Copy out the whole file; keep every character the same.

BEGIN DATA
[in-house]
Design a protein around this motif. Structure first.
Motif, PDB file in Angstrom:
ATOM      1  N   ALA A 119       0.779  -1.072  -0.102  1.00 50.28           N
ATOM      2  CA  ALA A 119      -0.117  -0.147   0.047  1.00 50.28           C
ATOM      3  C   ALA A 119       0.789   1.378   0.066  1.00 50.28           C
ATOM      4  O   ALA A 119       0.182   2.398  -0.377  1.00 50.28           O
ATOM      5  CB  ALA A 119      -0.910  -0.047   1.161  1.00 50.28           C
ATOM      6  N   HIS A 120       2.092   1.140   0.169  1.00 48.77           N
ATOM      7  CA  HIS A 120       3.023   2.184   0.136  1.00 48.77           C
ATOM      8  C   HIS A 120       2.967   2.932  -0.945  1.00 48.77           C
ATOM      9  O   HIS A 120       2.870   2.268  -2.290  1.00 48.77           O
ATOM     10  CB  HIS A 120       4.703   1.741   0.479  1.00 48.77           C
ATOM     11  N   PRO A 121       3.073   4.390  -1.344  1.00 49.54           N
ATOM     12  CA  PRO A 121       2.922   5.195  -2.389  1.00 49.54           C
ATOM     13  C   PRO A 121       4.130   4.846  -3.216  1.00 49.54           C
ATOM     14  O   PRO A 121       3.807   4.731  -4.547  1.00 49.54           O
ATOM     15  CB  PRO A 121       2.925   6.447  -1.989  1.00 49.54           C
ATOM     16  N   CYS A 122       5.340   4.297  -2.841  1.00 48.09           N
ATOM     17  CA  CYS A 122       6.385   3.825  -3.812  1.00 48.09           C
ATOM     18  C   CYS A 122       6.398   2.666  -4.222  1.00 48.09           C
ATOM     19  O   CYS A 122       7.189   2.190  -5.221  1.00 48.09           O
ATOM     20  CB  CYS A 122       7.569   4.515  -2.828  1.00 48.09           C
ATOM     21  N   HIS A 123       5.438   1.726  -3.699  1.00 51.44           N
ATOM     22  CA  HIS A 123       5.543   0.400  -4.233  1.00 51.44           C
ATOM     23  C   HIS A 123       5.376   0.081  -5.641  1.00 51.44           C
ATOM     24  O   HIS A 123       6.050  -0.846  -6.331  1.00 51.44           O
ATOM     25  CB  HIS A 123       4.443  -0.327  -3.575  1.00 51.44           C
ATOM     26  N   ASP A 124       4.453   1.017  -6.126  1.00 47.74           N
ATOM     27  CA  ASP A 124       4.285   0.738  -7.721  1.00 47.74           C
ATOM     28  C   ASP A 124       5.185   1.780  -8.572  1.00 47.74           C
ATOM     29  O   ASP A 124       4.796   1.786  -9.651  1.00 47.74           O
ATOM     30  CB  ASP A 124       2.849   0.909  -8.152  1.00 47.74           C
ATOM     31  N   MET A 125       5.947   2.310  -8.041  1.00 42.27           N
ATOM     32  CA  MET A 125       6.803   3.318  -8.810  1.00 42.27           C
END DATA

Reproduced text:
[in-house]
Design a protein around this motif. Structure first.
Motif, PDB file in Angstrom:
ATOM      1  N   ALA A 119       0.779  -1.072  -0.102  1.00 50.28           N
ATOM      2  CA  ALA A 119      -0.117  -0.147   0.047  1.00 50.28           C
ATOM      3  C   ALA A 119       0.789   1.378   0.066  1.00 50.28           C
ATOM      4  O   ALA A 119       0.182   2.398  -0.377  1.00 50.28           O
ATOM      5  CB  ALA A 119      -0.910  -0.047   1.161  1.00 50.28           C
ATOM      6  N   HIS A 120       2.092   1.140   0.169  1.00 48.77           N
ATOM      7  CA  HIS A 120       3.023   2.184   0.136  1.00 48.77           C
ATOM      8  C   HIS A 120       2.967   2.932  -0.945  1.00 48.77           C
ATOM      9  O   HIS A 120       2.870   2.268  -2.290  1.00 48.77           O
ATOM     10  CB  HIS A 120       4.703   1.741   0.479  1.00 48.77           C
ATOM     11  N   PRO A 121       3.073   4.390  -1.344  1.00 49.54           N
ATOM     12  CA  PRO A 121       2.922   5.195  -2.389  1.00 49.54           C
ATOM     13  C   PRO A 121       4.130   4.846  -3.216  1.00 49.54           C
ATOM     14  O   PRO A 121       3.807   4.731  -4.547  1.00 49.54           O
ATOM     15  CB  PRO A 121       2.925   6.447  -1.989  1.00 49.54           C
ATOM     16  N   CYS A 122       5.340   4.297  -2.841  1.00 48.09           N
ATOM     17  CA  CYS A 122       6.385   3.825  -3.812  1.00 48.09           C
ATOM     18  C   CYS A 122       6.398   2.666  -4.222  1.00 48.09           C
ATOM     19  O   CYS A 122       7.189   2.190  -5.221  1.00 48.09           O
ATOM     20  CB  CYS A 122       7.569   4.515  -2.828  1.00 48.09           C
ATOM     21  N   HIS A 123       5.438   1.726  -3.699  1.00 51.44           N
ATOM     22  CA  HIS A 123       5.543   0.400  -4.233  1.00 51.44           C
ATOM     23  C   HIS A 123       5.376   0.081  -5.641  1.00 51.44           C
ATOM     24  O   HIS A 123       6.050  -0.846  -6.331  1.00 51.44           O
ATOM     25  CB  HIS A 123       4.443  -0.327  -3.575  1.00 51.44           C
ATOM     26  N   ASP A 124       4.453   1.017  -6.126  1.00 47.74           N
ATOM     27  CA  ASP A 124       4.285   0.738  -7.721  1.00 47.74           C
ATOM     28  C   ASP A 124       5.185   1.780  -8.572  1.00 47.74           C
ATOM     29  O   ASP A 124       4.796   1.786  -9.651  1.00 47.74           O
ATOM     30  CB  ASP A 124       2.849   0.909  -8.152  1.00 47.74           C
ATOM     31  N   MET A 125       5.947   2.310  -8.041  1.00 42.27           N
ATOM     32  CA  MET A 125       6.803   3.318  -8.810  1.00 42.27           C